Growth, Productivity and Inflation

  • Peter Curwen
Part of the Macmillan Texts in Economics book series (TE)


For a country to grow richer in a strictly material sense, it must first of all grow. In other words, it is the increase in the volume of goods and services (real GDP) which economic growth represents that underpins the improvement in a country’s material standard of living over time. Since living standards are more meaningful when expressed in terms of individuals, real GDP per head is often preferred. It should, however, be noted that there are quite a number of qualifications to be made when linking growth to living standards — for example, if the extra goods and services are all exported, domestic consumption will not be affected, and the fruits of growth may not be distributed at all equally such that some individuals may become worse off even when the economy is growing rapidly. Furthermore, whilst certain activities conferring ‘economic well-being’ such as gardening are excluded from official figures, other activities which reduce well-being such as damaging the environment are included (see, for example, comments on the ‘genuine progress indicator’ in The Economist, 30 September 1995, p. 63).


Unable to display preview. Download preview PDF.

Unable to display preview. Download preview PDF.


  1. Barro, R. (1995) ‘Inflation and Economic Growth’, Bank of England Quarterly Bulletin (May).Google Scholar
  2. Blackaby, D. and L. Hunt (1990) ‘An Assessment of the UK’s Productivity Record in the 1980s: Has There Been a “Miracle”?’, Economics (Autumn).Google Scholar
  3. Brittan, S. (1994) ‘Competitiveness Rides Again’, Financial Times (21 April).Google Scholar
  4. Brittan, S. (1995) ‘Time to Bury Those League Tables’, Financial Times (25 May).Google Scholar
  5. Competitiveness: Helping Business to Win. Cm 2563. May 1994 (London: HMSO).Google Scholar
  6. Competitiveness: Forging Ahead. Cm 2867. May 1995 (London: HMSO).Google Scholar
  7. Connock, M., A. Gully and H. Hillier (1995) ‘Macroeconomic Convergence in Europe: A Review of the Maastricht Conditions’, The Review of Policy Issues, 1 (4).Google Scholar
  8. Crafts, N. (1993) Can De-Industrialisation Seriously Damage Your Wealth? (London: Institute of Economic Affairs).Google Scholar
  9. Craven, B. and R. Gausden (1991) ‘How Best to Measure Inflation? The UK and Europe’, The Royal Bank of Scotland Review (June).Google Scholar
  10. Eltis, W., D. Fraser and M. Ricketts (1992) ‘The Lessons from the Superior Economic Performance of Germany and Japan’, National Westminster Bank Quarterly Review (February).Google Scholar
  11. Eltis, W. and D. Higham (1995) ‘Closing the UK Competitiveness Gap’, National Institute Economic Review, 154 (November).Google Scholar
  12. Feinstein, C. and R. Mathews (1990) ‘The Growth of Output and Productivity in the UK: the 1980s as a Phase of the Post-war Period’, National Institute Economic Review (August).Google Scholar
  13. Gilbert, C. (1990) ‘Primary Commodity Prices and Inflation’, Oxford Review of Economic Policy (Winter).Google Scholar
  14. Haldane, A. (1995) ‘Inflation Targets’, Bank of England Quarterly Bulletin (August).Google Scholar
  15. Hall, S., M. Walsh and T. Yates (1996) ‘How Do UK Companies Set Prices?’, Bank of England Quarterly Bulletin (May) pp. 180–92.Google Scholar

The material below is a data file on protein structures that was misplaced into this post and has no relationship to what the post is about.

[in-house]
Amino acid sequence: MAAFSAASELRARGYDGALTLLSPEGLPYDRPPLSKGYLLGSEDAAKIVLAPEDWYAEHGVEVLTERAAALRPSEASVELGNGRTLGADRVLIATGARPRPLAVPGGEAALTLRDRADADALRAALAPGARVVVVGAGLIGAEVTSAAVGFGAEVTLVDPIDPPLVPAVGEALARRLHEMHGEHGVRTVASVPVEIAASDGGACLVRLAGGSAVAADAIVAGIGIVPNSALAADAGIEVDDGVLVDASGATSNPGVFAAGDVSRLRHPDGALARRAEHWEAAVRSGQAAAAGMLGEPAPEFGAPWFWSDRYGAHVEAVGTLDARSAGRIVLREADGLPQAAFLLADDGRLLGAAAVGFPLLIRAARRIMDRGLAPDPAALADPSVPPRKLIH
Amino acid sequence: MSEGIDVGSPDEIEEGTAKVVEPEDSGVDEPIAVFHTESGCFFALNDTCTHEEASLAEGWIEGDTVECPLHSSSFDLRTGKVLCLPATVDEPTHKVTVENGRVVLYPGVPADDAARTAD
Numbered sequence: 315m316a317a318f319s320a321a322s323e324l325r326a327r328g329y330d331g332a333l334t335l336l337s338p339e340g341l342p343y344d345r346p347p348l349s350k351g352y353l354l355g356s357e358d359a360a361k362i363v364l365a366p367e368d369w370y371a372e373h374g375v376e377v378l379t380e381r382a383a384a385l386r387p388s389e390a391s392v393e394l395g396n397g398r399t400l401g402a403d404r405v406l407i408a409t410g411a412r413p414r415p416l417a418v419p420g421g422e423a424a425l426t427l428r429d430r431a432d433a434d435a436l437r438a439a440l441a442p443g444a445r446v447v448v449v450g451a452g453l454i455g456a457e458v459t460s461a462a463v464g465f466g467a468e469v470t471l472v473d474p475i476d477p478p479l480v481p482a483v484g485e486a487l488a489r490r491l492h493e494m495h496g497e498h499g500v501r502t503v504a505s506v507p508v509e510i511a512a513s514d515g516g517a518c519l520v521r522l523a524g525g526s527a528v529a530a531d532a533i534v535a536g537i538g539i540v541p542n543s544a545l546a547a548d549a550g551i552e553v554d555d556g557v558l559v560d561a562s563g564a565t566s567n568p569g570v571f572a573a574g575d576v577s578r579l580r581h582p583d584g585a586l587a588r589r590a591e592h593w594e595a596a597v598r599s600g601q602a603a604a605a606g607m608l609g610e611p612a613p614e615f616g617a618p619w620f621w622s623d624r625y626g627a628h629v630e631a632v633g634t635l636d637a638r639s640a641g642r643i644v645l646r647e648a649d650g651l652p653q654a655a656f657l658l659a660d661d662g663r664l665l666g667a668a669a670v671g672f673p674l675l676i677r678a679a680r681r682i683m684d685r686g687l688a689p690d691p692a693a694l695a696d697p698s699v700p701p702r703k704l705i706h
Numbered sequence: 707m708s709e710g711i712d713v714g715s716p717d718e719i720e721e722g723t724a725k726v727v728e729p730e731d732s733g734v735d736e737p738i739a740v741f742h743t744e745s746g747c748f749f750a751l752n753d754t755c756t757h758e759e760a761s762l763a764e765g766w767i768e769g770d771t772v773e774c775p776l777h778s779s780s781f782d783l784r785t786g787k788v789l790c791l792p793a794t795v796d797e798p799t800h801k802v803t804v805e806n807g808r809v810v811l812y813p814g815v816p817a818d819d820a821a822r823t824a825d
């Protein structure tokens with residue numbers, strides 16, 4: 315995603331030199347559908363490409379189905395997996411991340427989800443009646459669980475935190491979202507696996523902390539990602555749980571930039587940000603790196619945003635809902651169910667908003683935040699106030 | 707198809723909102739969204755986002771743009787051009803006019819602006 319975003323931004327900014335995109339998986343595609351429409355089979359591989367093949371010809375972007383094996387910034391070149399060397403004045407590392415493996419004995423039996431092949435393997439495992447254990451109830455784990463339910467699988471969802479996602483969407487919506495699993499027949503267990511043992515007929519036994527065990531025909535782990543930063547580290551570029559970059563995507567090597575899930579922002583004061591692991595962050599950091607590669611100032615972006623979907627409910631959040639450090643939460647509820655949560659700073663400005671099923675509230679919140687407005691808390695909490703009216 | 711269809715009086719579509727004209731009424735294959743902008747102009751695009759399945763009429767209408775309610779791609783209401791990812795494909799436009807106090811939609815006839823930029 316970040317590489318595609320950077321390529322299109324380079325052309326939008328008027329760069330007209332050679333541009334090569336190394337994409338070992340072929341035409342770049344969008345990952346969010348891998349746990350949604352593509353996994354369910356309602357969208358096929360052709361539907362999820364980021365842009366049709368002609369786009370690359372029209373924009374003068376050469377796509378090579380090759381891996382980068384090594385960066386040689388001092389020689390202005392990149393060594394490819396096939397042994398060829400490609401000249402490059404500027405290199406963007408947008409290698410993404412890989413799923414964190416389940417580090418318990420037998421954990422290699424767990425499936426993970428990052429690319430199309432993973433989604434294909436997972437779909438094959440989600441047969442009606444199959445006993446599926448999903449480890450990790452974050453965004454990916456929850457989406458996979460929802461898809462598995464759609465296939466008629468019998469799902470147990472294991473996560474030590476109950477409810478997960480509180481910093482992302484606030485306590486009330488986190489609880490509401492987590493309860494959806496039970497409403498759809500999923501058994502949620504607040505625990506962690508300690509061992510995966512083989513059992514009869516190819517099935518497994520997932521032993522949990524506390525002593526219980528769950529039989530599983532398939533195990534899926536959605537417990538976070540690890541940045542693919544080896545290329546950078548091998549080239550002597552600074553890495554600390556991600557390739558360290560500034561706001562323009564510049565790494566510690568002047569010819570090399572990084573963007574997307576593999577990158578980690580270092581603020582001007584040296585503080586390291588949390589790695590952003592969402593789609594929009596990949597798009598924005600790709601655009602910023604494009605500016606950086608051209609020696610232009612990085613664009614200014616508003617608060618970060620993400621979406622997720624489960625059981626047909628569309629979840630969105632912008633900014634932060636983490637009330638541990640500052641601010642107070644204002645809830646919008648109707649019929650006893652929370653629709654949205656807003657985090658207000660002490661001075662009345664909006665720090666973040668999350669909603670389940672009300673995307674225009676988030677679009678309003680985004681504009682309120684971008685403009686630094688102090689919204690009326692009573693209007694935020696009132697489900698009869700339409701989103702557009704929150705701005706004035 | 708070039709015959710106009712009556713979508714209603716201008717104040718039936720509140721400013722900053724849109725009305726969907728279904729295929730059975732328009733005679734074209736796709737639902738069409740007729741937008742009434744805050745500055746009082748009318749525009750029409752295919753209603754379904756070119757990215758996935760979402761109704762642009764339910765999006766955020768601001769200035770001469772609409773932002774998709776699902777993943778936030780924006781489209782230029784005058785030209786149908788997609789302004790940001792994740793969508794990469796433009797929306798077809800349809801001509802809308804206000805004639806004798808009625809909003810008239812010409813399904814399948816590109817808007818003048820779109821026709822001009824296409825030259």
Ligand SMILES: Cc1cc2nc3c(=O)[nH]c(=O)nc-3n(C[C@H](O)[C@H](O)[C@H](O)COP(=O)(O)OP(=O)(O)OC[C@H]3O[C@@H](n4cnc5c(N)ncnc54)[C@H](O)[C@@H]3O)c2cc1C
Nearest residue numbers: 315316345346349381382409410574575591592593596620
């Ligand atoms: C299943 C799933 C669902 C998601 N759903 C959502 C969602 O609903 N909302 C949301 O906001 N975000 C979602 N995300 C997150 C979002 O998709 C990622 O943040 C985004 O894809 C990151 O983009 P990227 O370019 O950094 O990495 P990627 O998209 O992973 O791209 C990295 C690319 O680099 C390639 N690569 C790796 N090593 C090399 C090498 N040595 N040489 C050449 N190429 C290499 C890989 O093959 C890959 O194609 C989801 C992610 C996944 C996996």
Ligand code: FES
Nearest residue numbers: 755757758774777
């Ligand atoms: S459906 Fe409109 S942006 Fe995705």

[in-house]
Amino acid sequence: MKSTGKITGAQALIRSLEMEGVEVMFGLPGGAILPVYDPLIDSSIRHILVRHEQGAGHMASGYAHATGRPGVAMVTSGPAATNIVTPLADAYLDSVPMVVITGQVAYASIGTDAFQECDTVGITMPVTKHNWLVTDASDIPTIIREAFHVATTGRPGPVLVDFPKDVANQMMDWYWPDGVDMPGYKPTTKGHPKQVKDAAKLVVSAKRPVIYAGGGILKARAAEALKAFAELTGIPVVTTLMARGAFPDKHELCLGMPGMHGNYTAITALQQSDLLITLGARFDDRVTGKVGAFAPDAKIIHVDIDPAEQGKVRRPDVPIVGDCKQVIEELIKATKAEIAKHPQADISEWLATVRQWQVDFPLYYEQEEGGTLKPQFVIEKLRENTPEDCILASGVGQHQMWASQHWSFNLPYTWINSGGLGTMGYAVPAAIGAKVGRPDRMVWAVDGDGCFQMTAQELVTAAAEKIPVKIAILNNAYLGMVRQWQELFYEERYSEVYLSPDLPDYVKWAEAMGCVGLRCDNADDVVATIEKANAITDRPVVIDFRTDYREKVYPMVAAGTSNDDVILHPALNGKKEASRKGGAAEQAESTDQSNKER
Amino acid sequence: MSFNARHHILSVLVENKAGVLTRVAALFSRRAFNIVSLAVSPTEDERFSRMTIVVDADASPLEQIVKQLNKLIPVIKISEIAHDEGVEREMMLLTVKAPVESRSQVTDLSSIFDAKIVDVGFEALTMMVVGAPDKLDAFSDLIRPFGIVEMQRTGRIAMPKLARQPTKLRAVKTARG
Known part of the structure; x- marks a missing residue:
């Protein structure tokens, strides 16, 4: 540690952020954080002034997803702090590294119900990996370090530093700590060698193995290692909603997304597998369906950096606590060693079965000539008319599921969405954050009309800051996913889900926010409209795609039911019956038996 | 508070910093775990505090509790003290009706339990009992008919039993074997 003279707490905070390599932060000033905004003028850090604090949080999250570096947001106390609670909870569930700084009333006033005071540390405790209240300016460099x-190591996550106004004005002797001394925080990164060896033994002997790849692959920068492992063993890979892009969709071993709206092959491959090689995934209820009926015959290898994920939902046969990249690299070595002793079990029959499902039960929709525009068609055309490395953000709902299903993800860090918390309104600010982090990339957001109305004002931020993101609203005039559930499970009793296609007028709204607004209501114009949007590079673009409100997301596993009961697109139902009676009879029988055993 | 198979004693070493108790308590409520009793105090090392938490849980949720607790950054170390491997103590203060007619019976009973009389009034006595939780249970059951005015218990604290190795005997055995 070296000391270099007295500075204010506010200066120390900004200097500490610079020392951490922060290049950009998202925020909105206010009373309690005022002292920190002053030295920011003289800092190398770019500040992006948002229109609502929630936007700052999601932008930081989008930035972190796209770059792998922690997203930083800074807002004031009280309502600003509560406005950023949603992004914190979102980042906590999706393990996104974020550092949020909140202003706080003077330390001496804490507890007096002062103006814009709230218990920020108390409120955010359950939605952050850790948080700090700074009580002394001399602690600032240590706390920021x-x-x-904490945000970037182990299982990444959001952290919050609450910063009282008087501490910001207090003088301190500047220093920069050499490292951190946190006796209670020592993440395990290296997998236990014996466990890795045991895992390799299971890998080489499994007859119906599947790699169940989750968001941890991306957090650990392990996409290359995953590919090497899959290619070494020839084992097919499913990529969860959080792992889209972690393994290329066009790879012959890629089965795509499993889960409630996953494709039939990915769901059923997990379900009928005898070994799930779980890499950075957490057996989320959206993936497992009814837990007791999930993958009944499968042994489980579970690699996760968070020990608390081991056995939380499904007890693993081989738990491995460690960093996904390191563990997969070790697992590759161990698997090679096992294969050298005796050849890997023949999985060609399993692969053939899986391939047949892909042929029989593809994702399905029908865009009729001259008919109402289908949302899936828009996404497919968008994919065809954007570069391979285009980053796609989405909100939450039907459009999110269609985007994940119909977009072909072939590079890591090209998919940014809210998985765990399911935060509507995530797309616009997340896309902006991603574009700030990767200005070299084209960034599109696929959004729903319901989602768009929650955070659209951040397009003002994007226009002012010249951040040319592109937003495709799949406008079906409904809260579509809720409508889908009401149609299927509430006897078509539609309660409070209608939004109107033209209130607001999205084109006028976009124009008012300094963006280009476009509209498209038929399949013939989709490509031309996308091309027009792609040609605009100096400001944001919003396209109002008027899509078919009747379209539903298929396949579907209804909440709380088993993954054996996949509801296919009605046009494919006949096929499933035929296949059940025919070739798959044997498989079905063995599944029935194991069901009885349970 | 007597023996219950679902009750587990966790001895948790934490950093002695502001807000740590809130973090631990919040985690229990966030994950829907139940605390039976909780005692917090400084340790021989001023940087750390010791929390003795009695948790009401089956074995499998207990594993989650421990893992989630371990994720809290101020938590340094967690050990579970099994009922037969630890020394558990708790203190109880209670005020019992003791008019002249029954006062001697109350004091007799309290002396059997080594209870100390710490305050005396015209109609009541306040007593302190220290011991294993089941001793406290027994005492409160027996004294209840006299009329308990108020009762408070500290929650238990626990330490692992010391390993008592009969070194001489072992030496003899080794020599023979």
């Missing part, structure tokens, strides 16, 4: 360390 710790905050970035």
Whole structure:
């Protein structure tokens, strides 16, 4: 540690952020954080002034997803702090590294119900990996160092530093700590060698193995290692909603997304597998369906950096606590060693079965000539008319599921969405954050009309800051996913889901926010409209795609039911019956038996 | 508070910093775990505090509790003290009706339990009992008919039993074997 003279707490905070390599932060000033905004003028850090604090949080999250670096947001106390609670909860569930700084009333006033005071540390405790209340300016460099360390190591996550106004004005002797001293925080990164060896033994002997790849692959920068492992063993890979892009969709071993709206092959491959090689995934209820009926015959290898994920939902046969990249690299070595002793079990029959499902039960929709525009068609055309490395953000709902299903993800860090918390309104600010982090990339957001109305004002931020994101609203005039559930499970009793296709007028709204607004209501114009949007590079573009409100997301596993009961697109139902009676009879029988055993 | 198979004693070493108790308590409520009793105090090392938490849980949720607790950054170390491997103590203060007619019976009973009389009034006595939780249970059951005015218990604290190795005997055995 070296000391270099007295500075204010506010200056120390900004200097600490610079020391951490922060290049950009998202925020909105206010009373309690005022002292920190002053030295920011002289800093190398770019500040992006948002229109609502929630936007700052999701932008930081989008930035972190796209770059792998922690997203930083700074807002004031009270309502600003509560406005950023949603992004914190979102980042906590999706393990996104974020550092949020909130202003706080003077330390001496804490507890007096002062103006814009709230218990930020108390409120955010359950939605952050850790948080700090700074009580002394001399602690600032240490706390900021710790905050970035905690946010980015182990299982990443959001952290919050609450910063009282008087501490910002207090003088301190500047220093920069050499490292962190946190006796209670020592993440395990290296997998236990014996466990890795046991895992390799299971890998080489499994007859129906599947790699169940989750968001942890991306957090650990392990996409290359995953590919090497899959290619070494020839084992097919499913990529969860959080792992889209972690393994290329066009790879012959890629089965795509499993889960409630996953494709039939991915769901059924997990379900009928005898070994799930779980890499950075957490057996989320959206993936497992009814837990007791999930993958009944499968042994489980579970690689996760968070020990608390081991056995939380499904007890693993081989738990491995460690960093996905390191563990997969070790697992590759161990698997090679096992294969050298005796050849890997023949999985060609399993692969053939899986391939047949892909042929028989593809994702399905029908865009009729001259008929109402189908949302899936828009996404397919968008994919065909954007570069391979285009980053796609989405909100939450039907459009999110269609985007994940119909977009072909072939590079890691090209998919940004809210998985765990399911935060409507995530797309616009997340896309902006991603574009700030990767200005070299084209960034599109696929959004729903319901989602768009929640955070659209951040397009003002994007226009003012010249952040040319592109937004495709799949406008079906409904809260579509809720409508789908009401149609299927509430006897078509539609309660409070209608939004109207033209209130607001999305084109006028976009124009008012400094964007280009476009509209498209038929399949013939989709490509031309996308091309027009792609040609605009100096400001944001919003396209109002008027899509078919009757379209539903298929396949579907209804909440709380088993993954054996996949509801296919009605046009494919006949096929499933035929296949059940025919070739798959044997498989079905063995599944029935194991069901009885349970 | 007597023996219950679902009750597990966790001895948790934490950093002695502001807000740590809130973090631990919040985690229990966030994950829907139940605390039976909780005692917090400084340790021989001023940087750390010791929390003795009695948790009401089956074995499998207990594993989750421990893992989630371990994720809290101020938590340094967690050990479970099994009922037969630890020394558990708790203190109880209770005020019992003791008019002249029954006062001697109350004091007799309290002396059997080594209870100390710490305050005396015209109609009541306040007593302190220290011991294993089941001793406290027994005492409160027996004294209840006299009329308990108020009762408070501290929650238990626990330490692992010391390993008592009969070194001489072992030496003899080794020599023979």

16. Kaletsky, A. (1996) ‘How Labour Would Try to Change the Ways of Business’, The Times (18 April).Google Scholar
  17. Layard, R. and S. Nickell (1989) The Thatcher Miracle?’, American Economic Review, Papers and Proceedings (May).Google Scholar
  18. MacFarlane, H. and P. Mortimer-Lee (1994) ‘Inflation Over 300 Years’, Bank of England Quarterly Bulletin (May).Google Scholar
  19. Muellbauer, J. (1991) ‘Productivity and Competitiveness’, Oxford Review of Economic Policy, 7 (3).Google Scholar
  20. Nickell, S. (1990) ‘Inflation and the UK Labour Market’, Oxford Review of Economic Policy (Winter).Google Scholar
  21. O’Mahoney, M. (1995) ‘International Differences in Manufacturing Unit Labour Costs’, National Institute Economic Review, 154 (November).Google Scholar
  22. Oulton, N. (1990) ‘Labour Productivity in UK Manufacturing in the 1970s and in the 1980s’, National Institute Economic Review, 151 (May).Google Scholar
  23. Oulton, N. (1995) ‘Supply Side Reform and UK Economic Growth: What Happened to the Miracle?’, National Institute Economic Review, 154 (November).Google Scholar
  24. Oulton, N. and M. O’Mahoney (1994) Productivity and Growth: A Study of British Industry, 1954–86 (Cambridge: Cambridge University Press).Google Scholar
  25. Roberts, P. (1989) ‘Supply-side Economics’, Chapter 3 in J. M. Buchanan et al. (eds), Rea-ganomics and After (London: Institute of Economic Affairs).Google Scholar
  26. Steindel, C. (1995) ‘Chain-Weighting: The New Approach to Measuring GDP’, Current Issues in Economics and Finance, 1 (3) (Federal Reserve Bank of New York).Google Scholar
  27. The Economist (1992) ‘Zero Inflation’, (7 November).Google Scholar
  28. The Economist (1993) ‘Economic Straightjackets’ (30 October).Google Scholar
  29. The Economist (1994a) ‘A Cruise Around the Phillips Curve’ (19 February).Google Scholar
  30. The Economist (1994b) ‘The Price of Light’ (22 October).Google Scholar
  31. The Economist (1995a) ‘The Cost of Inflation’ (13 May).Google Scholar
  32. The Economist (1995b) ‘What Happened to Inflation?’ (16 September).Google Scholar
  33. The Economist (1995c) ‘How Does Your Economy Grow?’ (30 September).Google Scholar
  34. van Ark, B. (1992) ‘Comparative Productivity in British and American Manufacturing’, National Institute Economic Review (November).Google Scholar
  35. Wells, J. (1994) ‘Not Very Productive’, New Economy, 1 (3).Google Scholar

Copyright information

© Peter Curwen 1997

Authors and Affiliations

  • Peter Curwen

There are no affiliations available

Personalised recommendations